Category Archives: Ohio DeafTimes

Update info on D-PAH! 2nd Annual CO-ED 4-on-4 Sand Volleyball teams– 1. FIFA Soccer 2. The Center 3. Silent Avengers 4. Sunshine 5. OAD Rocks 6. Deaf Hood 7. Sand Rangers 8. Spiked Punch Team and Fan registration are still open to the day of the event- you can register online (not pay through PayPal- […]

70th Anniversary of Columbus Association of the Deaf Saturday, September 28th, 2013 2:00 PM to 1:00 AM Dinner served at 5:00pm Ramada Plaza Hotel 4900 Sinclair Road Columbus, Ohio 43229 Members $35 Non Members $40 *Deadline Friday, September 13th, 2013*

Ohio Deaf Cornhole Association News Spread the News! Cornhole Deaf Fellowship Tournament Saturday, August 24, 2013 Grove City Church of the Nazarene 4770 Hoover Rd, Grove City, Ohio 43123 Multi-Purpose Building F-600 Sign-Up 11:00am Game begins 12:00pm Singles Tournament Triple eliminations and CPA Rules Format Winners will get prizes All proceeds to GCCN Deaf Ministry […]

PUBLIC HEARING ANNOUNCEMENT Are you a person with a disability or do you have a family member with a disability?  This is your opportunity to provide input to the State Plan for Independent Living (SPIL) for Ohio.   The Ohio Statewide Independent Living Council and the Ohio Rehabilitation Services Commission are making changes to the […]

Buckeye Club of the Deaf & Ohio Deaf Golf Association PigRoast Party2013 PigRoast Party starts at Noon till Midnight Date: Sept 14, 2013, Saturday **Deadline Sept 5th to RSVP to be counted** Confirm in FB or in mail or in person (BCD/ODGA) and pay at the door ~ Admission with meal ~ Adult: $12   […]

See Attachment… This is for Buckeye Club of the Deaf 35th Anniversary coming this fall Oct 5th, 2013 at Ramada Hotel.

Just a reminder for tonight’s Deaf Film Showing at Coventry.     Hello everyone! Please join us at the Coventry Village Library in Cleveland Heights for a Deaf Film Night on Monday, July 1st at 6:45pm. We will be showing the film “Versa Effect.”     Jackie and Seth have hated each other since childhood. Now […]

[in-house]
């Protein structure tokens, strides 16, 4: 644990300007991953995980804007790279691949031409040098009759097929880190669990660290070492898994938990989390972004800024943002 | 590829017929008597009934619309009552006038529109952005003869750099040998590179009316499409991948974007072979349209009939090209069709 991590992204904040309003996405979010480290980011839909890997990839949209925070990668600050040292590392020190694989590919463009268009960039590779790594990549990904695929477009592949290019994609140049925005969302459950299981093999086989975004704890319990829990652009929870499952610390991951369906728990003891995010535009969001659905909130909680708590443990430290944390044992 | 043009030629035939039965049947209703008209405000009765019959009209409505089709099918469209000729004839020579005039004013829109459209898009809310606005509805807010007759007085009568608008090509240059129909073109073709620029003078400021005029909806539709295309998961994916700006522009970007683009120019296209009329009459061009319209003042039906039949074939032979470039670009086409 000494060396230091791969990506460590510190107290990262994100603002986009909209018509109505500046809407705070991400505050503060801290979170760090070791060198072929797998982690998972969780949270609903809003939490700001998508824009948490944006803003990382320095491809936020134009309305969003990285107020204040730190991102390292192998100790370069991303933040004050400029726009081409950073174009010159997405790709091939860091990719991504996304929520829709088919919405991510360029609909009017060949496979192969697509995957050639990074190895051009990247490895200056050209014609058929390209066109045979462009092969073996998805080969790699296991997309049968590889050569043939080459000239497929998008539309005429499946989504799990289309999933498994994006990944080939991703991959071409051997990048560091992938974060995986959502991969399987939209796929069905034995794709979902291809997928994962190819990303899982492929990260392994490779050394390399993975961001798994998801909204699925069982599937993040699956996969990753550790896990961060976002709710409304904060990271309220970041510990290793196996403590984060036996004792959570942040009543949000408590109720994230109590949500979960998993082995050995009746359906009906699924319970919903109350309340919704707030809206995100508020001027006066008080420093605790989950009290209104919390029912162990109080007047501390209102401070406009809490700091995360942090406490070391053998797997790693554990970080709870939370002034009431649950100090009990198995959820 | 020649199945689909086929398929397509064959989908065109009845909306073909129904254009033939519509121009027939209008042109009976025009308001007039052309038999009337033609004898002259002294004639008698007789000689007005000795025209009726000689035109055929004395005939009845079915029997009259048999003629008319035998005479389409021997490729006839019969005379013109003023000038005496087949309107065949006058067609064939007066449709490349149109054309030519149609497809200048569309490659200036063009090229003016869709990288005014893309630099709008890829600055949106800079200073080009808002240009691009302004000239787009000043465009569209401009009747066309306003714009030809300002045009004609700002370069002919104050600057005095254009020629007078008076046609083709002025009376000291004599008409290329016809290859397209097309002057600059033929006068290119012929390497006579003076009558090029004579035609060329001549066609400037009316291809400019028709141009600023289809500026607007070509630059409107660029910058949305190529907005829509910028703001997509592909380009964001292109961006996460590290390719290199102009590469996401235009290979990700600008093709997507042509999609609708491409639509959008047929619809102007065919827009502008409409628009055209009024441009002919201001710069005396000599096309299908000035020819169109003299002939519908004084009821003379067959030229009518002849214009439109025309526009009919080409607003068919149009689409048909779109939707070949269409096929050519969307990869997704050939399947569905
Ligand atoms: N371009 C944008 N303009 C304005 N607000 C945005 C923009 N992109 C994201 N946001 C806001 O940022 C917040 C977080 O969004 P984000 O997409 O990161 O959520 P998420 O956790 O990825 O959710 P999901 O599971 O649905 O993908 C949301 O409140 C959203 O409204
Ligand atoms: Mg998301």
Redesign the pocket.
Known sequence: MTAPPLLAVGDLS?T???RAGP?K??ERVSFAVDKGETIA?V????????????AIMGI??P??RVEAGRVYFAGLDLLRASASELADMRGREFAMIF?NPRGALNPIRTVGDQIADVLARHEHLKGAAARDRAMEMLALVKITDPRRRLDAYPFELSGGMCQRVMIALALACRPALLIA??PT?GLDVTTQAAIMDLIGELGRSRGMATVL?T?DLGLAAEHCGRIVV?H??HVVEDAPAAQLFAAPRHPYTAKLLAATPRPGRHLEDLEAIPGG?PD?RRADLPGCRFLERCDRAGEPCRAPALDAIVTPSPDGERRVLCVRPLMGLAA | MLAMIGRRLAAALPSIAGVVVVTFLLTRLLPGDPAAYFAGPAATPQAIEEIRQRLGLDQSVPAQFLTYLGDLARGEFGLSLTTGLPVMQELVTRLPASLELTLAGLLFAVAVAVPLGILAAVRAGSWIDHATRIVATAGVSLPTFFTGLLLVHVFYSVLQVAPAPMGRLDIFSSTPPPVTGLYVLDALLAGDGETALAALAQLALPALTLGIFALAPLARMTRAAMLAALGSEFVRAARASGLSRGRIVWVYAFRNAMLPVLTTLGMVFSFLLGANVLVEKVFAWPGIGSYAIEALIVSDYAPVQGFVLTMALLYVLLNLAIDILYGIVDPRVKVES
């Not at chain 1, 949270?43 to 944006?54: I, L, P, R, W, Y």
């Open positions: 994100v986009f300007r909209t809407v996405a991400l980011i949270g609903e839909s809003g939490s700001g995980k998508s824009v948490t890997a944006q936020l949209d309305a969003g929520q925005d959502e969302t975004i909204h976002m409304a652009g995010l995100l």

From: Williams, Christopher M. [mailto:] Good afternoon everyone, We are announcing our next round of CERT Basic Training. When: Thursday night July 11th from 6pm-9pm Location: Franklin County Emergency Management and Homeland Security Address: 5300 Strawberry Farms Blvd, Columbus, Ohio 43230 The CERT Basic Training continues for 9 Thursdays and will end Thursday September 5th. […]

Columbus Association of the Deaf Picnic August 10th, 2013 @ CCH ( Columbus Colony Housing ) 1055 Colony Dr  Westerville, Ohio 43081 Time 11:00 am – 6:00 pm Admission: $ 5.00 with Potluck Cover Dish $ 8.00 without Potluck Cover Dish $ 3.00 Children ( Age 10 – 17 years old ) Free ( newborn […]

Man in the Mud

Panic.

It’s a “sudden overwhelming fear, with or without cause, that produces hysterical or irrational behavior” according dictionary.com.

I’ve certainly been guilty of it. But it usually doesn’t serve me well. Like the time I convinced myself I had appendicitis and went into such hysterics that I passed out.

I came across this story last week – a construction worker in China was buried alive in the mud with nothing but a gap of air in front of his face (his helmet slid down). He didn’t panic. He practiced meditation and survived two hours on an amount of air that should have lasted five minutes.

I wonder sometimes how I would react in certain situations. What if I was eating in Windows restaurant at the top of the World Trade Center on Sept. 11? What if I was in one of the hijacked planes? I don’t think a person truly knows how he or she will respond unless in the situation. God willing, that will never be the case, but if it is, I hope I am like the man in the mud.

Yoga Class in the Car

On my way to yoga class, I’m not sure which way to go. The road splits, and my instinct says left but Mapquest says right. I ignore my gut and follow the computer’s instructions.

Oops.

Turing around in the greater Washington DC area is nearly impossible. One road leads to a twisted mass of other roads and within 10 minutes I’ve crossed three borders, hitting Maryland, Washington DC, and Virginia. There are cars everywhere. Jammed along the freeway. Weaving in front of me as they merge. And my mind races with them.

In my head I’m caught up in the emotional turmoil of living in a new city. I want to move back to our original home in California where I know the streets like the back of my hand and can walk to yoga class. The clock is inching forward. By the time I figure out where I am it’s too late. I’ve missed the class.